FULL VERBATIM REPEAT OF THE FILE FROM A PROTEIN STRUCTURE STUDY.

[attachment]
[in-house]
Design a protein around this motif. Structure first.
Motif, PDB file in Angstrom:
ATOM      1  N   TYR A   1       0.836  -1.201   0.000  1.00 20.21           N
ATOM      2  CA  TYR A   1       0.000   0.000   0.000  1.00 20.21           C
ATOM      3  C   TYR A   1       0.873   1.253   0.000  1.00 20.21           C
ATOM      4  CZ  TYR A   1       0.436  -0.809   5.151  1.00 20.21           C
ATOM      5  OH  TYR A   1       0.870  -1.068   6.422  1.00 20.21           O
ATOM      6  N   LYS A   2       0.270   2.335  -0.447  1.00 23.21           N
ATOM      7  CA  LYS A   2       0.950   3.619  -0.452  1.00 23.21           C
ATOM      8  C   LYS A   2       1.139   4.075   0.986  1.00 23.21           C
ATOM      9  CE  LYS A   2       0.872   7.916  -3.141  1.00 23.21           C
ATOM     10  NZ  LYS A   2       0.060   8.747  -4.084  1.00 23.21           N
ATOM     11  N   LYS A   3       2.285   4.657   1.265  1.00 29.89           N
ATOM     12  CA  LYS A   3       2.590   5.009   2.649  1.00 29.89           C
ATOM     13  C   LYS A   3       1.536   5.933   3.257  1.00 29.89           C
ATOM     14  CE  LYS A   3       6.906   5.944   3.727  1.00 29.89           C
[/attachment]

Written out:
[in-house]
Design a protein around this motif. Structure first.
Motif, PDB file in Angstrom:
ATOM      1  N   TYR A   1       0.836  -1.201   0.000  1.00 20.21           N
ATOM      2  CA  TYR A   1       0.000   0.000   0.000  1.00 20.21           C
ATOM      3  C   TYR A   1       0.873   1.253   0.000  1.00 20.21           C
ATOM      4  CZ  TYR A   1       0.436  -0.809   5.151  1.00 20.21           C
ATOM      5  OH  TYR A   1       0.870  -1.068   6.422  1.00 20.21           O
ATOM      6  N   LYS A   2       0.270   2.335  -0.447  1.00 23.21           N
ATOM      7  CA  LYS A   2       0.950   3.619  -0.452  1.00 23.21           C
ATOM      8  C   LYS A   2       1.139   4.075   0.986  1.00 23.21           C
ATOM      9  CE  LYS A   2       0.872   7.916  -3.141  1.00 23.21           C
ATOM     10  NZ  LYS A   2       0.060   8.747  -4.084  1.00 23.21           N
ATOM     11  N   LYS A   3       2.285   4.657   1.265  1.00 29.89           N
ATOM     12  CA  LYS A   3       2.590   5.009   2.649  1.00 29.89           C
ATOM     13  C   LYS A   3       1.536   5.933   3.257  1.00 29.89           C
ATOM     14  CE  LYS A   3       6.906   5.944   3.727  1.00 29.89           C